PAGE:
Despite ironies such as these which she continues to track, Dog and Pony presents Holly in a generous mood. The lovely writing describes her relationship with Newton, and with a new best friend in Ann Arbor, where Holly is now a professor in the Art Department at the University of Michigan. These relationships clearly matter to her a great deal, and their texture and import color her stories with a new depth of feeling.

I consider Hughes one of the most important artists of our generation, someone who’s always taken formal risks to tell stories that too often go unheard in other cultural venues (mainstream, lesbian, and feminist alike). This new show retains her trademark outré humor, but also delivers authoritative insights in a style that’s beautifully modulated and tonally diverse.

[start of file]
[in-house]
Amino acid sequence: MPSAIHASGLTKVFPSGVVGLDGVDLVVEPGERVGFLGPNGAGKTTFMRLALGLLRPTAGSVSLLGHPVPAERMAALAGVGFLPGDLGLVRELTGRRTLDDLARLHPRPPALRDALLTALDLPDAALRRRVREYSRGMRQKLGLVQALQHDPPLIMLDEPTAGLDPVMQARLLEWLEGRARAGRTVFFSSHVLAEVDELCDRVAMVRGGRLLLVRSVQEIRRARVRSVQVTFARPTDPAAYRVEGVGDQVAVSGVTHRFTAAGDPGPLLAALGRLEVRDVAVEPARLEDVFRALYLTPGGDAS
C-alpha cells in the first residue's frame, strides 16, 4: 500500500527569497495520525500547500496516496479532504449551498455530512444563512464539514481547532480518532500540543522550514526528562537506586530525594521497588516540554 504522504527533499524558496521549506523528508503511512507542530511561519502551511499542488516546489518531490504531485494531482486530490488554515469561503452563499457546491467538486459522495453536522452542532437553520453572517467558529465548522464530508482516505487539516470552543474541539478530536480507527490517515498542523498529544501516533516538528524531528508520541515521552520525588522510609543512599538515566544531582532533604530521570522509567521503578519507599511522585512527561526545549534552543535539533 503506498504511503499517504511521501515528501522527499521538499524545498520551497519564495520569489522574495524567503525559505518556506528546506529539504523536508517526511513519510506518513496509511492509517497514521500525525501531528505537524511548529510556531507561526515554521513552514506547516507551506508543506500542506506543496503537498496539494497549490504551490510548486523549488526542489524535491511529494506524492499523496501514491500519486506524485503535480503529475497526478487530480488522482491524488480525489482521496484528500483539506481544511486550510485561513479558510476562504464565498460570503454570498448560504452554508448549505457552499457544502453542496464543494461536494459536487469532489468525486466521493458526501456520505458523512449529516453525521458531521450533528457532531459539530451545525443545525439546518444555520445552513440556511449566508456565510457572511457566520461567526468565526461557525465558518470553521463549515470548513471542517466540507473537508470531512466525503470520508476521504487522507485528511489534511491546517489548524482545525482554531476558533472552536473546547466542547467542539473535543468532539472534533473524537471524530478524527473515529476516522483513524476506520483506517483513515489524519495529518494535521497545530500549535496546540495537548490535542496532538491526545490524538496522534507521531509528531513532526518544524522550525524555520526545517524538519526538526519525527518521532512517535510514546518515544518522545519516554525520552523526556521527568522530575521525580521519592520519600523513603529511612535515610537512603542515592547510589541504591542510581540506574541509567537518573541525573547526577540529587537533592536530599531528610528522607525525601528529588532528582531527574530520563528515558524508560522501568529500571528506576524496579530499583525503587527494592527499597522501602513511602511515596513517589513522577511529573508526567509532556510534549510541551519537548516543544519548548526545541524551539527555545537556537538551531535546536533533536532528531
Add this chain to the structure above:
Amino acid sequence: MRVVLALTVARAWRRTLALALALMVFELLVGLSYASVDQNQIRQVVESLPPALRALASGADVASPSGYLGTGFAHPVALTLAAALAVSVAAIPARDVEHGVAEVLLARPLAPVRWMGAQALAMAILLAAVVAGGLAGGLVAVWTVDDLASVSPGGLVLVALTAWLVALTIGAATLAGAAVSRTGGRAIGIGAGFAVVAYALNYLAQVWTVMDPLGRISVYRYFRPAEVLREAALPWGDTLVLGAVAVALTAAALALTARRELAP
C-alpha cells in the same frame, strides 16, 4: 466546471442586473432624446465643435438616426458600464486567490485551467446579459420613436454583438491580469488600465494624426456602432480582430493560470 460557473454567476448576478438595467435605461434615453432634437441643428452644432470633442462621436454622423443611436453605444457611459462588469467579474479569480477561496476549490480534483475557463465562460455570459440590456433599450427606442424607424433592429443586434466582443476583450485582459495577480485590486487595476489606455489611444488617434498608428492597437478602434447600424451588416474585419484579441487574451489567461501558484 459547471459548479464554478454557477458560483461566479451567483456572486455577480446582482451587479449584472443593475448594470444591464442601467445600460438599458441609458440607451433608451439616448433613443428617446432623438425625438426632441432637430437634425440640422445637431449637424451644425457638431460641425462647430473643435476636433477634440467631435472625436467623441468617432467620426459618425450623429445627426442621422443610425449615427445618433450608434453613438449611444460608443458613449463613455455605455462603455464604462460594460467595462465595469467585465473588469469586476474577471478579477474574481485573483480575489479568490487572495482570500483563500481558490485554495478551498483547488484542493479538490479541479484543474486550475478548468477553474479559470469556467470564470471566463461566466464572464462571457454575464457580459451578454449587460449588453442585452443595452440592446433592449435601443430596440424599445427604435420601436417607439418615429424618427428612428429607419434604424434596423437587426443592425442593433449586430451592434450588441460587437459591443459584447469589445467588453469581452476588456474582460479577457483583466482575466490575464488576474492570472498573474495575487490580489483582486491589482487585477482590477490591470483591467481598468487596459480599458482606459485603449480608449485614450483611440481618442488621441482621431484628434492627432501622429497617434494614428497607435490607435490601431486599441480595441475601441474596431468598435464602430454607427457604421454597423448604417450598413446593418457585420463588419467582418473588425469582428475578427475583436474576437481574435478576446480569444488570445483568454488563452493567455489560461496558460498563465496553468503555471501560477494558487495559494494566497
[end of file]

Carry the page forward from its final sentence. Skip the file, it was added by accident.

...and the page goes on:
Holly’s stories ring with the confidence of a cultural warrior who’s come out of the fray not just intact, but wiser, with a distinctive clarity about where she’s been, where she’s going, and what it all means. We’re invited to laugh with her, in Dog and Pony, to see the grace and beauty of ordinary people with their crazy but somehow humble obsessions.

For the performance’s final, lyrical bit of image-making, Holly stands downstage center and describes a silver wolf, with four legs that “spell fear,” coming out of the woods to assume the place created beside human beings when evolution left us without as much to do. Dogs, she protests, don’t descend from wolves; she credits the animals with agency, suggesting they chose their place beside us to help create us, just as we, with great empathy and affinity, help to create them.